Moore wrecked his primary car in practice, but finished third in the race without incident.

“At least I can go home and know that I didn’t cause any
Ending the regular season with a victory gave MacDonald and his Jerry Morello-owned team momentum heading into Irwindale.  Wrecking out of the Showdown and finishing 22nd will make for a long winter.

“I feel bad for all the guys and Jerry.  We worked all year, and all this weekend too, and something like this happened.”


Andrew Myers looked like he had a top 10 finish in the bag until late in the race at Irwindale.  He still managed to finish 12th and was happy with the performance of his team.  Getting to the finish was an adventure for the young Newport Beach, California driver.
That was before an 11th hour deal with Lynch Racing as Mike David’s teammate came together.

“It was pretty wild,” said Fisher.  “I was in Indianapolis working with iCan, which is a program that trains dogs with kids with disabilities.  I was in an area where I didn’t have my cell phone, so I didn’t find out until about 3:30 on Wednesday.  Luckily, my fiancée got us on a plane at on a plane at 8 o’clock and we flew out here, got here at two in the morning and the next day started practicing.”

“I didn’t have time to do anything.  I’m just really fortunate that the folks at the Lynch Racing team were on it and had everything ready for me when I got here.  I basically showed up to drive.”
Myers (R) and Jamie Aube (L).
Kobyluck's #40.
MacDonald's #77
Moore's #74.
“Everyone went and they just stopped,” said MacDonald.  “Then they went again and stopped and that second stop is what got us.  Usually after the first stop, everyone gets sorted out and goes, but we ended up getting into the back of someone.

“It’s unfortunate for us because we had a really good car the first 100 laps.  It wasn’t as good the last 50, but I think once it went on, it was going to get better.  It had been getting better at the end of the 100 lap run.  I was really looking forward to getting to the end.”
“We started 29th and the car was working really well,” said Myers.  “We knew that we had to be there at lap 100 and on a restart, I think that it was lap 97, we pulled from 13th to 10th and that’s where we wanted to be.  We changed all four tires and ran pretty decent.  We started running eighth or ninth.

“At that point, we got spun.  I won’t say by who, but they know [Joey McCarthy was running with Myers at the time], I got run into in the front.  That knocked the toe out a little bit.  I was riding around the best that I could, but it got pretty tight.”

Myers rebounded from that and almost pulled out an even better finish.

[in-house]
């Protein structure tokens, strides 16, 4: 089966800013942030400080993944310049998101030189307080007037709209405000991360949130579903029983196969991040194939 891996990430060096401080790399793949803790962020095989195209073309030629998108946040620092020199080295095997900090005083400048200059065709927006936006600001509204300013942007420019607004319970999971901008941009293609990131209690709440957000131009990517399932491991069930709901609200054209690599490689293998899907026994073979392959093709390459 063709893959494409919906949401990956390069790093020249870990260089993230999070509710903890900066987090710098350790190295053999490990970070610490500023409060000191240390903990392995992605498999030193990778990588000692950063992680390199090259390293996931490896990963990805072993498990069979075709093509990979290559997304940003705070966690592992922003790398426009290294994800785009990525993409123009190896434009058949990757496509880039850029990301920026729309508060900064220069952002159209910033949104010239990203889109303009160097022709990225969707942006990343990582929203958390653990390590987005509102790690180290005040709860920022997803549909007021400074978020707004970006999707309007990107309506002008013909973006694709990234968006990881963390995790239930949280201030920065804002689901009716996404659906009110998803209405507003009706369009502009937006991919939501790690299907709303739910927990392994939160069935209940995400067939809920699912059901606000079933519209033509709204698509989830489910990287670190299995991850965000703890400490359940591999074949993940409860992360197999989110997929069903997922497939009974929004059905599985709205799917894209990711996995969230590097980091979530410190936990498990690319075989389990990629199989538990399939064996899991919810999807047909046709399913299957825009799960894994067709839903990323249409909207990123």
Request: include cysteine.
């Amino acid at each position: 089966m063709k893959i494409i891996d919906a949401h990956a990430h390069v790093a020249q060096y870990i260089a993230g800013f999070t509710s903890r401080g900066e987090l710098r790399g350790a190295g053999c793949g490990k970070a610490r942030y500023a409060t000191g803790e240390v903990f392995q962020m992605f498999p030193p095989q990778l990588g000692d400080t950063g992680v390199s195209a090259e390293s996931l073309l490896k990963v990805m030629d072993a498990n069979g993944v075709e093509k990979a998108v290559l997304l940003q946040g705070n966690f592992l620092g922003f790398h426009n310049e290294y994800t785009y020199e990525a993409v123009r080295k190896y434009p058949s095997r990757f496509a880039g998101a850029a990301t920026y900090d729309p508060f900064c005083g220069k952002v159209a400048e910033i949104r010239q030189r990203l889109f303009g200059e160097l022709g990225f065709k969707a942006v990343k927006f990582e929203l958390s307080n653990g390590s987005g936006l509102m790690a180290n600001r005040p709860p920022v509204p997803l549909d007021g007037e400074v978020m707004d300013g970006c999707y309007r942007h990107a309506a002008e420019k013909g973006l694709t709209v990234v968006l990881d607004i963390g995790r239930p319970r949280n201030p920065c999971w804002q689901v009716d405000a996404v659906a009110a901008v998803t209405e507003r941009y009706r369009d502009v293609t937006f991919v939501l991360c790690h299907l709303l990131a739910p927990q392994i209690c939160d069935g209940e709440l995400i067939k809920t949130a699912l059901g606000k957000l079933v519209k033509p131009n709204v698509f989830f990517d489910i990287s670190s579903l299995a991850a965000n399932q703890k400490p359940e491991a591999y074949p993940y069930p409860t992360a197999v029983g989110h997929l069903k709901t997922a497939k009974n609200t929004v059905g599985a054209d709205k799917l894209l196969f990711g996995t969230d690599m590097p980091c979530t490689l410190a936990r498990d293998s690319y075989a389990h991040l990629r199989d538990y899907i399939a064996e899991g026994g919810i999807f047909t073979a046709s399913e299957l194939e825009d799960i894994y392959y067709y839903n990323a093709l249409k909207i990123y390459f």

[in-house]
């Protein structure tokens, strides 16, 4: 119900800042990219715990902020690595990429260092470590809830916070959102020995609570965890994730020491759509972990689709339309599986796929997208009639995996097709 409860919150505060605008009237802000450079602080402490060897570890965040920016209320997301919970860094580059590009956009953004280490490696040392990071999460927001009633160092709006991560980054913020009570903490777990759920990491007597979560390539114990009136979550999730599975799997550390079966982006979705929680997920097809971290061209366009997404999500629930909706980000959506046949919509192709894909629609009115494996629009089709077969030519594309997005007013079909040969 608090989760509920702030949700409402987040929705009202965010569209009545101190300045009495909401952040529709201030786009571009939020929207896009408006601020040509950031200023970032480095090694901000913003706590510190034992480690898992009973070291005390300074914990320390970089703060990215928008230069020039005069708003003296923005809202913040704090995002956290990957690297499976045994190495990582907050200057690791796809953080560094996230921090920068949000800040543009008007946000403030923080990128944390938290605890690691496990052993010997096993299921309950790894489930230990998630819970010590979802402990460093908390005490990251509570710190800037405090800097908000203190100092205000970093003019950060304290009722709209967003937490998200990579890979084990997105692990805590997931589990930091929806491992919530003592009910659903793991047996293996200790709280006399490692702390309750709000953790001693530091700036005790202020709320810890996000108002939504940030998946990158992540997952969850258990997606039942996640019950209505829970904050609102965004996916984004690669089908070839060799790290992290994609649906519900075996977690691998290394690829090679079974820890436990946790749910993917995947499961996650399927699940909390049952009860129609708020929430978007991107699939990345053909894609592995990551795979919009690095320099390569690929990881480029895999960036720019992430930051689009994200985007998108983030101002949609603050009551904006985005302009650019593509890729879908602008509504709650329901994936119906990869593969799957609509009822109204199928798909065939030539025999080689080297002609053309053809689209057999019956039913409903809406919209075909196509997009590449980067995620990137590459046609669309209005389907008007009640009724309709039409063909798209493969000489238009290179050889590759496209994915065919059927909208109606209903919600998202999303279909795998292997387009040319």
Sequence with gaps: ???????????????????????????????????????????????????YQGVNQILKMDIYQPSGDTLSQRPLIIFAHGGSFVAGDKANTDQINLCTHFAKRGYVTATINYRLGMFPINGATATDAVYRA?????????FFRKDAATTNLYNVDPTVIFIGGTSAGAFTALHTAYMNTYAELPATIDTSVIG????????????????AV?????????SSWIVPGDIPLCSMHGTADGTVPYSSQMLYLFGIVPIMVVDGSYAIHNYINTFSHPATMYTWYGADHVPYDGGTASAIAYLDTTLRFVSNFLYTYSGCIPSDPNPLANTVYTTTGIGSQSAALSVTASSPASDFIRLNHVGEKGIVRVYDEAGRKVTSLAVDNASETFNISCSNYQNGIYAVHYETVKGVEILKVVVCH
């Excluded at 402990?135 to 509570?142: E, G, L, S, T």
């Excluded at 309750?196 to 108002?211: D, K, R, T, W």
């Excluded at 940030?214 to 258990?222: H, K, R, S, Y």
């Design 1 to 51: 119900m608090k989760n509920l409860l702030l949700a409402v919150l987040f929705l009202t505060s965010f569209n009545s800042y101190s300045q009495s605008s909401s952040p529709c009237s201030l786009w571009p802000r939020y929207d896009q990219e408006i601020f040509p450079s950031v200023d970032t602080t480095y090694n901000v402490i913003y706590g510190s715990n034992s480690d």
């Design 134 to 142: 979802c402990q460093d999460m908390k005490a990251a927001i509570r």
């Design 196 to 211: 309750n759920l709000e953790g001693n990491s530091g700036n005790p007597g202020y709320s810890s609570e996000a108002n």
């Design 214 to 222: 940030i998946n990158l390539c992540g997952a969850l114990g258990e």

“At the end there, we had a chance to move up to fifth.  It was very tight and we got hit again, almost knocked down turn four.  But I saved it.  It did knock the rear end over though and I went from fifth to outside the top 10.  It was wild.”

Myers had the advantage of having Jamie Aube in his pit and on his radio during the race.  Aube ran in last year’s showdown as a Busch North driver and has been helping out the #14 team this season.
Fisher's #20 was a team car to Mike David's #2.
“Jamie and I communicate well,” said Myers.  “He knows me as a driver and he’s an excellent driver himself.” 


Jamie Aube wasn’t the only Busch North driver from last year’s race helping out in the pits this year.  Dale Quarterley only ran a limited schedule and was not eligible for entry into the Showdown, but he was on hand to help out the #30 team of Jeff Anton.

Sarah Fisher was eligible to race in the Showdown, but her ride with Bill McAnally Racing was only for the regular season.  Efforts to find another car to drive were not successful at first and it looked like she would be sitting on the sidelines for this year’s race.
Fisher had accepted that she wouldn’t be racing and was thrilled with the change of plans.

“By Wednesday, I was in the mode that I wasn’t going to be here, so this just goes to show that anything can happen in this sport.” 


Ryan Moore ended up racing his back-up car after a practice wreck and he wheeled that #74 to a third-place finish.  Moore also led the most laps during the race.

The rash of caution periods hurt Moore’s chances at winning the race.

“It was frustrating to fall back to fourth [Moore had been credited with fourth unofficially before the Olsen DQ], but on a short run, we had a fourth place car,” said Moore.  “On a long run, we had a winning car.  It wasn’t there for four laps, so I had to give it up and not cause a wreck.

“It took me 10 laps to get going.  If I could run those 10 laps, nobody could touch me and I would run away from everybody.  For some reason, the last 30 or 40 laps, these guys couldn’t go three laps without wrecking each other.”

Moore didn’t think that going to a back-up hurt him much in the feature race.

“This wasn’t bad for a back-up car,” said Moore.  “We had a good run.  My guys dug in with the back-up car and got that really good.  We led the most laps and if we could have run the last 40 laps under green, we would have won it.”


There were plenty of interested observers at this year’s showdown.  A few members of NASCAR’s top brass came to watch the Elite Series race from the control tower.  Mike Helton, Robin Pemberton, Brett Bodine and Jim Hunter all flew in from Phoenix to show their support to short track racing.

Truck Series driver David Reutimann was also on hand, as was NASCAR team owner Richard Childress.  The Northeastern open wheel ranks were also represented.  NASCAR Whelen Modified Tour driver Tom Bolles was seen pacing the pit area.